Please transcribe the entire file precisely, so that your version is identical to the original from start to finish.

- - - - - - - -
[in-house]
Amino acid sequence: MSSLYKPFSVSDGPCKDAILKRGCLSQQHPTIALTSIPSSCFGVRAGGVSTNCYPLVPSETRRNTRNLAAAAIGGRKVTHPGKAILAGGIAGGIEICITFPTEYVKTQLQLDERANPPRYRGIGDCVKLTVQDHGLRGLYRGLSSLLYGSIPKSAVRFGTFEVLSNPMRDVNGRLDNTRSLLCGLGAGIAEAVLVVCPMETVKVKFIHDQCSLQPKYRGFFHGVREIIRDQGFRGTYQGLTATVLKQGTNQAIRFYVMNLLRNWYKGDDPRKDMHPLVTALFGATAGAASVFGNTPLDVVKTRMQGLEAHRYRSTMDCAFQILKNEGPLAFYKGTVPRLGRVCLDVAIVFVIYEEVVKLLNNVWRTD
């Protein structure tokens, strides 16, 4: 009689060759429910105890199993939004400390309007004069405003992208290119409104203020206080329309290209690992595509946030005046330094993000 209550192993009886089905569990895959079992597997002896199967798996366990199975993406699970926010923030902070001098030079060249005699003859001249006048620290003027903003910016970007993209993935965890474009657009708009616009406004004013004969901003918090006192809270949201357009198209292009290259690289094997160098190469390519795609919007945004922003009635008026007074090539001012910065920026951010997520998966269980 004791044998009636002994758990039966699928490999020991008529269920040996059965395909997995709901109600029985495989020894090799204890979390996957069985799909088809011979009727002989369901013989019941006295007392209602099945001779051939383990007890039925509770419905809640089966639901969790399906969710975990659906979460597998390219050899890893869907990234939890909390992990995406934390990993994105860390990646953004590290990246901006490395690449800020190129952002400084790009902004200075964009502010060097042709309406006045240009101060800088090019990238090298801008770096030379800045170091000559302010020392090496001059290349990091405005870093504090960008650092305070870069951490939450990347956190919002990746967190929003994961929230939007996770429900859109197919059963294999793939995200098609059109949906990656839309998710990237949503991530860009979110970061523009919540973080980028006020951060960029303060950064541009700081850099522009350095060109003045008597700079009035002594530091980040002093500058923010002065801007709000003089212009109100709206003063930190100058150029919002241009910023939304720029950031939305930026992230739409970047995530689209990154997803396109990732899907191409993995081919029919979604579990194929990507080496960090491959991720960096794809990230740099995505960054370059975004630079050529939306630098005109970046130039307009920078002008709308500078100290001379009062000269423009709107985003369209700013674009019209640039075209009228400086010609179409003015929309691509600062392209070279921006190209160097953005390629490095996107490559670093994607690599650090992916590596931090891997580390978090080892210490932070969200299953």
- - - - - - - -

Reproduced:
[in-house]
Amino acid sequence: MSSLYKPFSVSDGPCKDAILKRGCLSQQHPTIALTSIPSSCFGVRAGGVSTNCYPLVPSETRRNTRNLAAAAIGGRKVTHPGKAILAGGIAGGIEICITFPTEYVKTQLQLDERANPPRYRGIGDCVKLTVQDHGLRGLYRGLSSLLYGSIPKSAVRFGTFEVLSNPMRDVNGRLDNTRSLLCGLGAGIAEAVLVVCPMETVKVKFIHDQCSLQPKYRGFFHGVREIIRDQGFRGTYQGLTATVLKQGTNQAIRFYVMNLLRNWYKGDDPRKDMHPLVTALFGATAGAASVFGNTPLDVVKTRMQGLEAHRYRSTMDCAFQILKNEGPLAFYKGTVPRLGRVCLDVAIVFVIYEEVVKLLNNVWRTD
């Protein structure tokens, strides 16, 4: 009689060759429910105890199993939004400390309007004069405003992208290119409104203020206080329309290209690992595509946030005046330094993000 209550192993009886089905569990895959079992597997002896199967798996366990199975993406699970926010923030902070001098030079060249005699003859001249006048620290003027903003910016970007993209993935965890474009657009708009616009406004004013004969901003918090006192809270949201357009198209292009290259690289094997160098190469390519795609919007945004922003009635008026007074090539001012910065920026951010997520998966269980 004791044998009636002994758990039966699928490999020991008529269920040996059965395909997995709901109600029985495989020894090799204890979390996957069985799909088809011979009727002989369901013989019941006295007392209602099945001779051939383990007890039925509770419905809640089966639901969790399906969710975990659906979460597998390219050899890893869907990234939890909390992990995406934390990993994105860390990646953004590290990246901006490395690449800020190129952002400084790009902004200075964009502010060097042709309406006045240009101060800088090019990238090298801008770096030379800045170091000559302010020392090496001059290349990091405005870093504090960008650092305070870069951490939450990347956190919002990746967190929003994961929230939007996770429900859109197919059963294999793939995200098609059109949906990656839309998710990237949503991530860009979110970061523009919540973080980028006020951060960029303060950064541009700081850099522009350095060109003045008597700079009035002594530091980040002093500058923010002065801007709000003089212009109100709206003063930190100058150029919002241009910023939304720029950031939305930026992230739409970047995530689209990154997803396109990732899907191409993995081919029919979604579990194929990507080496960090491959991720960096794809990230740099995505960054370059975004630079050529939306630098005109970046130039307009920078002008709308500078100290001379009062000269423009709107985003369209700013674009019209640039075209009228400086010609179409003015929309691509600062392209070279921006190209160097953005390629490095996107490559670093994607690599650090992916590596931090891997580390978090080892210490932070969200299953």